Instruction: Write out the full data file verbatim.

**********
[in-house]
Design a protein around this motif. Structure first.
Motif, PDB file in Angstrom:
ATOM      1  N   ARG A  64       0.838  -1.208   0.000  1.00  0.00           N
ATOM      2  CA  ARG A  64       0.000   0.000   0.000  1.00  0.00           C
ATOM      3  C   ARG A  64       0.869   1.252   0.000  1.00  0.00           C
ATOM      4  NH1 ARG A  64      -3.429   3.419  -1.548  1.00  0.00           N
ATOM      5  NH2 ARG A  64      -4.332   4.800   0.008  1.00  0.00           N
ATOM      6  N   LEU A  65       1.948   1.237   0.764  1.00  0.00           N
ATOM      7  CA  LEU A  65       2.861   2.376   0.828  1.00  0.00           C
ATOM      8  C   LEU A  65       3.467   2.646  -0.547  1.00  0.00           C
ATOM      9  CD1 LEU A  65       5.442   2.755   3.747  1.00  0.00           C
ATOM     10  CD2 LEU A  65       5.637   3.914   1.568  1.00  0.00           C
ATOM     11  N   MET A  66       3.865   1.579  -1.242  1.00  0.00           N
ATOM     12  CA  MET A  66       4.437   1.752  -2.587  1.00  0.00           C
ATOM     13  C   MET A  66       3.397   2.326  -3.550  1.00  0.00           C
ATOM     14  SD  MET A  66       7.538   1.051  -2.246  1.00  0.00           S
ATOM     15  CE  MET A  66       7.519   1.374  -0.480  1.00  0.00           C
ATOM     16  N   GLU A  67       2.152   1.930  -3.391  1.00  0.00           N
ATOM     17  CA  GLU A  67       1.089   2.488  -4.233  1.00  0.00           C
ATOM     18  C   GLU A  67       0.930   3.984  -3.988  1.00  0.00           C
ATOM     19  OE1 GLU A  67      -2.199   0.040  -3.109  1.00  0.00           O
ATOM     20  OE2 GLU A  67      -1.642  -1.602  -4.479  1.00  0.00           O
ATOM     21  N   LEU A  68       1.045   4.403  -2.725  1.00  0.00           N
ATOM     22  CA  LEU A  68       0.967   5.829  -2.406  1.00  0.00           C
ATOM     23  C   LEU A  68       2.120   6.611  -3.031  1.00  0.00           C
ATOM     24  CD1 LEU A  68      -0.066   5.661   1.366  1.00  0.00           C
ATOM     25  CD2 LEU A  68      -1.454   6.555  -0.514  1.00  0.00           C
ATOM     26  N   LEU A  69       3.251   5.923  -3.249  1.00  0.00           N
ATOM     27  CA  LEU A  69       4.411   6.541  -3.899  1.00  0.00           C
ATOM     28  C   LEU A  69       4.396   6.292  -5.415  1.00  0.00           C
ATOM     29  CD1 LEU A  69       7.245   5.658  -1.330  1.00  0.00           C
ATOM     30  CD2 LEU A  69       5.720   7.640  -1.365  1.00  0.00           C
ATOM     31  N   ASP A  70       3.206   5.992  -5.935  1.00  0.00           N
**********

[in-house]
Design a protein around this motif. Structure first.
Motif, PDB file in Angstrom:
ATOM      1  N   ARG A  64       0.838  -1.208   0.000  1.00  0.00           N
ATOM      2  CA  ARG A  64       0.000   0.000   0.000  1.00  0.00           C
ATOM      3  C   ARG A  64       0.869   1.252   0.000  1.00  0.00           C
ATOM      4  NH1 ARG A  64      -3.429   3.419  -1.548  1.00  0.00           N
ATOM      5  NH2 ARG A  64      -4.332   4.800   0.008  1.00  0.00           N
ATOM      6  N   LEU A  65       1.948   1.237   0.764  1.00  0.00           N
ATOM      7  CA  LEU A  65       2.861   2.376   0.828  1.00  0.00           C
ATOM      8  C   LEU A  65       3.467   2.646  -0.547  1.00  0.00           C
ATOM      9  CD1 LEU A  65       5.442   2.755   3.747  1.00  0.00           C
ATOM     10  CD2 LEU A  65       5.637   3.914   1.568  1.00  0.00           C
ATOM     11  N   MET A  66       3.865   1.579  -1.242  1.00  0.00           N
ATOM     12  CA  MET A  66       4.437   1.752  -2.587  1.00  0.00           C
ATOM     13  C   MET A  66       3.397   2.326  -3.550  1.00  0.00           C
ATOM     14  SD  MET A  66       7.538   1.051  -2.246  1.00  0.00           S
ATOM     15  CE  MET A  66       7.519   1.374  -0.480  1.00  0.00           C
ATOM     16  N   GLU A  67       2.152   1.930  -3.391  1.00  0.00           N
ATOM     17  CA  GLU A  67       1.089   2.488  -4.233  1.00  0.00           C
ATOM     18  C   GLU A  67       0.930   3.984  -3.988  1.00  0.00           C
ATOM     19  OE1 GLU A  67      -2.199   0.040  -3.109  1.00  0.00           O
ATOM     20  OE2 GLU A  67      -1.642  -1.602  -4.479  1.00  0.00           O
ATOM     21  N   LEU A  68       1.045   4.403  -2.725  1.00  0.00           N
ATOM     22  CA  LEU A  68       0.967   5.829  -2.406  1.00  0.00           C
ATOM     23  C   LEU A  68       2.120   6.611  -3.031  1.00  0.00           C
ATOM     24  CD1 LEU A  68      -0.066   5.661   1.366  1.00  0.00           C
ATOM     25  CD2 LEU A  68      -1.454   6.555  -0.514  1.00  0.00           C
ATOM     26  N   LEU A  69       3.251   5.923  -3.249  1.00  0.00           N
ATOM     27  CA  LEU A  69       4.411   6.541  -3.899  1.00  0.00           C
ATOM     28  C   LEU A  69       4.396   6.292  -5.415  1.00  0.00           C
ATOM     29  CD1 LEU A  69       7.245   5.658  -1.330  1.00  0.00           C
ATOM     30  CD2 LEU A  69       5.720   7.640  -1.365  1.00  0.00           C
ATOM     31  N   ASP A  70       3.206   5.992  -5.935  1.00  0.00           N